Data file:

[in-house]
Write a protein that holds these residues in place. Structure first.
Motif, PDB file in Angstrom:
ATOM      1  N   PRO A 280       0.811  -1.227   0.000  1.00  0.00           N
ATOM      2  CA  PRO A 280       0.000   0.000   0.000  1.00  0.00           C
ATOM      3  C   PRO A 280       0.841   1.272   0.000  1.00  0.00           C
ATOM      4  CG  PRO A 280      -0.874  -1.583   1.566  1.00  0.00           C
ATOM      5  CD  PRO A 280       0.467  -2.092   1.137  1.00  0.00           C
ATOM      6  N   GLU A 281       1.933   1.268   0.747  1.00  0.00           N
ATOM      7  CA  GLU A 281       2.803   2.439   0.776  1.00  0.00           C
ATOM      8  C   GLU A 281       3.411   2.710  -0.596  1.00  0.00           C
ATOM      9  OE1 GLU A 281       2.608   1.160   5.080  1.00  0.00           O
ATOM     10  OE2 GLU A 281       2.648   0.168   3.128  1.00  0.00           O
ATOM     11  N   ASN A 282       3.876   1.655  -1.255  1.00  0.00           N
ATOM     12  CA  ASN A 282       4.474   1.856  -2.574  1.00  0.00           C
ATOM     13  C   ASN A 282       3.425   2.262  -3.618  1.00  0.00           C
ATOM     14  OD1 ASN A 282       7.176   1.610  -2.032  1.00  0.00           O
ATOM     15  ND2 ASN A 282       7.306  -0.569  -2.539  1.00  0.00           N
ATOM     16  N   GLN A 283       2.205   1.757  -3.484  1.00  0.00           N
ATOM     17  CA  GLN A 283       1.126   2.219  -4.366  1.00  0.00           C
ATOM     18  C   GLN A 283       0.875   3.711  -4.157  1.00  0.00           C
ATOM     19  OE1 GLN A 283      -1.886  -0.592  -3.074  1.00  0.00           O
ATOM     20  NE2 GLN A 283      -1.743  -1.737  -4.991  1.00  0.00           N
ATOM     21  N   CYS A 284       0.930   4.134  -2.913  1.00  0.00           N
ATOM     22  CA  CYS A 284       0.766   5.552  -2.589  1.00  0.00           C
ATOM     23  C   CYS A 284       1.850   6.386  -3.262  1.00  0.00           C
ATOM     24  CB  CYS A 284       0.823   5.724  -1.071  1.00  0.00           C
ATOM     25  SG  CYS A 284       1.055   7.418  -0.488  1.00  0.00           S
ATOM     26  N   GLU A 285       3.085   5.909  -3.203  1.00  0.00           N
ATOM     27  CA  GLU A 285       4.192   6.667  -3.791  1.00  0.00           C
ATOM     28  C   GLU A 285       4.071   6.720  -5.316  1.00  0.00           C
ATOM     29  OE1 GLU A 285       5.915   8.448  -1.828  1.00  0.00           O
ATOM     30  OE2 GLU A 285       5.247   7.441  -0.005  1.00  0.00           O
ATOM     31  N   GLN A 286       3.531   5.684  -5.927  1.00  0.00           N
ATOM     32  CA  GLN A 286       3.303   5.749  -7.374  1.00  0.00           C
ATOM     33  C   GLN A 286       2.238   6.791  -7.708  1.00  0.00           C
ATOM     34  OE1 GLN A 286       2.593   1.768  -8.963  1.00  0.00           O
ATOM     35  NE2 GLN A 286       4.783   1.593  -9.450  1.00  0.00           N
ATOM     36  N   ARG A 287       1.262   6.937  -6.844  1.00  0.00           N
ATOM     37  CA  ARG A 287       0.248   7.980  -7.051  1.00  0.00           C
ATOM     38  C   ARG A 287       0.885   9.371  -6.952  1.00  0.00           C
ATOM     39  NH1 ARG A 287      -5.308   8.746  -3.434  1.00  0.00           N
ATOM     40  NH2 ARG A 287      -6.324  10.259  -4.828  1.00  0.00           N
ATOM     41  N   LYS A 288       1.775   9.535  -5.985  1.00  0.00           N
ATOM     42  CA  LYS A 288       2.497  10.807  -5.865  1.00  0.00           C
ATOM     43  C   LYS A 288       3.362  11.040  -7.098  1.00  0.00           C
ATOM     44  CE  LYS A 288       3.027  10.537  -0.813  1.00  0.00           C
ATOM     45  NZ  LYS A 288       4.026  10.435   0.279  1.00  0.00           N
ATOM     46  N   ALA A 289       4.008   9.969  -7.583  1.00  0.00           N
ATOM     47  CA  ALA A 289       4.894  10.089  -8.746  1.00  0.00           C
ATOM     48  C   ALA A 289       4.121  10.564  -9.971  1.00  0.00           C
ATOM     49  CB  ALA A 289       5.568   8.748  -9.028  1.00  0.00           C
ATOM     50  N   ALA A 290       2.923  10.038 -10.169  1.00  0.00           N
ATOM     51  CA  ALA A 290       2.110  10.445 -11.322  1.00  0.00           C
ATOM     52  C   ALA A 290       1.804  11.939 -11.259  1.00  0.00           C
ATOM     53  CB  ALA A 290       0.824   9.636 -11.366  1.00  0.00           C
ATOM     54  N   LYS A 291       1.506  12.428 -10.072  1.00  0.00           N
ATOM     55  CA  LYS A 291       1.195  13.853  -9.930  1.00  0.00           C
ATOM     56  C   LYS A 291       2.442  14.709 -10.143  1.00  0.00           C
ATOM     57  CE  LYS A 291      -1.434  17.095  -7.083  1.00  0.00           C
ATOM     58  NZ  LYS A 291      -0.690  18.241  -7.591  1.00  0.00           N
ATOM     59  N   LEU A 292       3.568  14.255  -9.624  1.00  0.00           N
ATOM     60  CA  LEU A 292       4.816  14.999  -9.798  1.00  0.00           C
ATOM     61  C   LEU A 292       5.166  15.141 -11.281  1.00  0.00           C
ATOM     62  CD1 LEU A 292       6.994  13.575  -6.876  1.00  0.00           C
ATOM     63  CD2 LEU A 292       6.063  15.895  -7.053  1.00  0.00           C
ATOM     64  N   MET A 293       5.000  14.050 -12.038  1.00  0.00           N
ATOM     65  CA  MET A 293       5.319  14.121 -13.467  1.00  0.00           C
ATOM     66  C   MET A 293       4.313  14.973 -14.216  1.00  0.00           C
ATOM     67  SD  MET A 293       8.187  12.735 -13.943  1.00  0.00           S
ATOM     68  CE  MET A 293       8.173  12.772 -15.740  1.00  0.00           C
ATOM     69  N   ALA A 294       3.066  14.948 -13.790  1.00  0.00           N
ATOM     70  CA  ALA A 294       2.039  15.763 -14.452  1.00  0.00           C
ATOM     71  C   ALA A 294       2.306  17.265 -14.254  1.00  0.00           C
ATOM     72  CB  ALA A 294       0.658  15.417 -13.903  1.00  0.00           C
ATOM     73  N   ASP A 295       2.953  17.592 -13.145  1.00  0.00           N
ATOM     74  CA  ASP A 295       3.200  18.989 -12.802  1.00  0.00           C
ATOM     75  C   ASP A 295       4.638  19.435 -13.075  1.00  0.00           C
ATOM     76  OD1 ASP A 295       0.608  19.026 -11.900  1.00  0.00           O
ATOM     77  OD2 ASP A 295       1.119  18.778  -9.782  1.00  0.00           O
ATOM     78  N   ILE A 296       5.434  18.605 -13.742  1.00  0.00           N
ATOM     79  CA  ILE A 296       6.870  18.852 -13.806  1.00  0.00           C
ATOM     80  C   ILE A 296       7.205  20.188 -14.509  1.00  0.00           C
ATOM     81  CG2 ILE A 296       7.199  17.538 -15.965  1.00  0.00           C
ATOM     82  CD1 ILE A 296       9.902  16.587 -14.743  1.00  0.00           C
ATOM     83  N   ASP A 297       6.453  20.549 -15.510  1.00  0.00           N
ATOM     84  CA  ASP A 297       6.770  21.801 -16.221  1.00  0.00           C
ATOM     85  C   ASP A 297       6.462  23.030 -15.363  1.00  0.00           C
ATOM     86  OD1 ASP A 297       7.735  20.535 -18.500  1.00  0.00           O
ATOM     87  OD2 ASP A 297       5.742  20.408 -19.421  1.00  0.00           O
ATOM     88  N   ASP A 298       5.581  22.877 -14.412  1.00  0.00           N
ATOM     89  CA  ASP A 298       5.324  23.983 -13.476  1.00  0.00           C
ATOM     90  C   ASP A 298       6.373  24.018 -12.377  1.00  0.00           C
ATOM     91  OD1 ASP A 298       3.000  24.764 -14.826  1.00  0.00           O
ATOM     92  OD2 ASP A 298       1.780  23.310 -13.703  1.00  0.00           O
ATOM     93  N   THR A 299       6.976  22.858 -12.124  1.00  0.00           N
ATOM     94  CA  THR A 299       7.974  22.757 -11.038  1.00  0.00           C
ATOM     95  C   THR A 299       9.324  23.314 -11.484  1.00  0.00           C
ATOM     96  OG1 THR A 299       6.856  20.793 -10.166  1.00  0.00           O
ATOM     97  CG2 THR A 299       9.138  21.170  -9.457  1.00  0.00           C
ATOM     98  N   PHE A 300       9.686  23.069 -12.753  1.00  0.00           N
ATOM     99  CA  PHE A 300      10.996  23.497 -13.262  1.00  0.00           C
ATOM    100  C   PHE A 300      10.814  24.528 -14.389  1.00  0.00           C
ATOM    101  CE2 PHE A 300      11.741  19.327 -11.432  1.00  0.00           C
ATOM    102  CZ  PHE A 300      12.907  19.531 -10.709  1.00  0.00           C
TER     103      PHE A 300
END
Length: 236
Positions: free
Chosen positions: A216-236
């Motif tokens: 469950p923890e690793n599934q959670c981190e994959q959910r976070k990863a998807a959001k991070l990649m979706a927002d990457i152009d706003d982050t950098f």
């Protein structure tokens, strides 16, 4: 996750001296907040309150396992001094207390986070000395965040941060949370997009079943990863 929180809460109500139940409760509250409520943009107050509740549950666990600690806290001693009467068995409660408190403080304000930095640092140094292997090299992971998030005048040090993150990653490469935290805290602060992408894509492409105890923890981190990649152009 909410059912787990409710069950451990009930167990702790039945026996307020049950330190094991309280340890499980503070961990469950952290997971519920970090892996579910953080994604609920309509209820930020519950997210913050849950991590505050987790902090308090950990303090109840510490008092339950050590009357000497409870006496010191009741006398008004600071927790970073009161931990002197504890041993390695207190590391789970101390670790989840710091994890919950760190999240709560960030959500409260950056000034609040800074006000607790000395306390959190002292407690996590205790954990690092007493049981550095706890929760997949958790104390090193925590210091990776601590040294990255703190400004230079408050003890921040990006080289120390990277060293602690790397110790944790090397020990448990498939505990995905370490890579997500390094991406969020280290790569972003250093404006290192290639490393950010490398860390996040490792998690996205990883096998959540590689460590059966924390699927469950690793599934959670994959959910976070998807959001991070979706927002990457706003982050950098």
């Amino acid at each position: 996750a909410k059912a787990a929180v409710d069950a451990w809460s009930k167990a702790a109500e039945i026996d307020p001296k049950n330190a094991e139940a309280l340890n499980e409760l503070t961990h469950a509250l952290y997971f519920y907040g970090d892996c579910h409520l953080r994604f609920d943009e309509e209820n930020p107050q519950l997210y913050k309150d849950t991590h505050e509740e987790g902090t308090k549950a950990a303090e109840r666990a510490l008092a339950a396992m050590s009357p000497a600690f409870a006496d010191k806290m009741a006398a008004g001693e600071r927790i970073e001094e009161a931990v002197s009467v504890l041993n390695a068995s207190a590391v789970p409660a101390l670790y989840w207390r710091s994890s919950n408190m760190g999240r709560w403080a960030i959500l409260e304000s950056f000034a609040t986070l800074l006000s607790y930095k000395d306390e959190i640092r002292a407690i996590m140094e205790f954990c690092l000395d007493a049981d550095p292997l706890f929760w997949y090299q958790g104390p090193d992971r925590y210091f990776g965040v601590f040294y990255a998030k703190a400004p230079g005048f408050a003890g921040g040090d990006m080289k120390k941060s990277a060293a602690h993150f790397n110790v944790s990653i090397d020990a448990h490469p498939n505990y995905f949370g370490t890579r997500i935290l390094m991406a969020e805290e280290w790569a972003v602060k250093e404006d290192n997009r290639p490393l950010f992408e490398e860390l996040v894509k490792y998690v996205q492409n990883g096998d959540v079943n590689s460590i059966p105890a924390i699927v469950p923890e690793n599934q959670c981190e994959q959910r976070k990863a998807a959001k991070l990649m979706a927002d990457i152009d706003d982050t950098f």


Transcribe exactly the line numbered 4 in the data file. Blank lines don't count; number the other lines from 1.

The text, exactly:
ATOM      1  N   PRO A 280       0.811  -1.227   0.000  1.00  0.00           N